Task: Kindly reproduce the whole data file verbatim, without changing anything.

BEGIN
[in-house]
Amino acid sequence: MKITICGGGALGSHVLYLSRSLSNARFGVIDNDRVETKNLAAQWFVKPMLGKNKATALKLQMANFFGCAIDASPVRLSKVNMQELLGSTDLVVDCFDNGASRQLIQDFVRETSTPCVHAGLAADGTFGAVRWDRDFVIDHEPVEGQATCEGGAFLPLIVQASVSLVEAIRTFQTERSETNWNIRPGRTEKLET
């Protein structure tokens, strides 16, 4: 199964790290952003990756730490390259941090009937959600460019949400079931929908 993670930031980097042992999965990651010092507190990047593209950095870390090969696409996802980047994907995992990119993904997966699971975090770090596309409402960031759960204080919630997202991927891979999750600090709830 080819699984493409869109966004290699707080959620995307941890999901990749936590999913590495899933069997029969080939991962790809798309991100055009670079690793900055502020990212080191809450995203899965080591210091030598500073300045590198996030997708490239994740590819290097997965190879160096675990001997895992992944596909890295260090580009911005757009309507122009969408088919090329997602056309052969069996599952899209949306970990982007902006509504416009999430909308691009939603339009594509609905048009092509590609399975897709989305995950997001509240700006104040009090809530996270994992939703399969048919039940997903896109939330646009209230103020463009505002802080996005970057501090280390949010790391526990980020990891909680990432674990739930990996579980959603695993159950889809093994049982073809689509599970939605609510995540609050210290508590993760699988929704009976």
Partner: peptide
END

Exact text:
[in-house]
Amino acid sequence: MKITICGGGALGSHVLYLSRSLSNARFGVIDNDRVETKNLAAQWFVKPMLGKNKATALKLQMANFFGCAIDASPVRLSKVNMQELLGSTDLVVDCFDNGASRQLIQDFVRETSTPCVHAGLAADGTFGAVRWDRDFVIDHEPVEGQATCEGGAFLPLIVQASVSLVEAIRTFQTERSETNWNIRPGRTEKLET
């Protein structure tokens, strides 16, 4: 199964790290952003990756730490390259941090009937959600460019949400079931929908 993670930031980097042992999965990651010092507190990047593209950095870390090969696409996802980047994907995992990119993904997966699971975090770090596309409402960031759960204080919630997202991927891979999750600090709830 080819699984493409869109966004290699707080959620995307941890999901990749936590999913590495899933069997029969080939991962790809798309991100055009670079690793900055502020990212080191809450995203899965080591210091030598500073300045590198996030997708490239994740590819290097997965190879160096675990001997895992992944596909890295260090580009911005757009309507122009969408088919090329997602056309052969069996599952899209949306970990982007902006509504416009999430909308691009939603339009594509609905048009092509590609399975897709989305995950997001509240700006104040009090809530996270994992939703399969048919039940997903896109939330646009209230103020463009505002802080996005970057501090280390949010790391526990980020990891909680990432674990739930990996579980959603695993159950889809093994049982073809689509599970939605609510995540609050210290508590993760699988929704009976």
Partner: peptide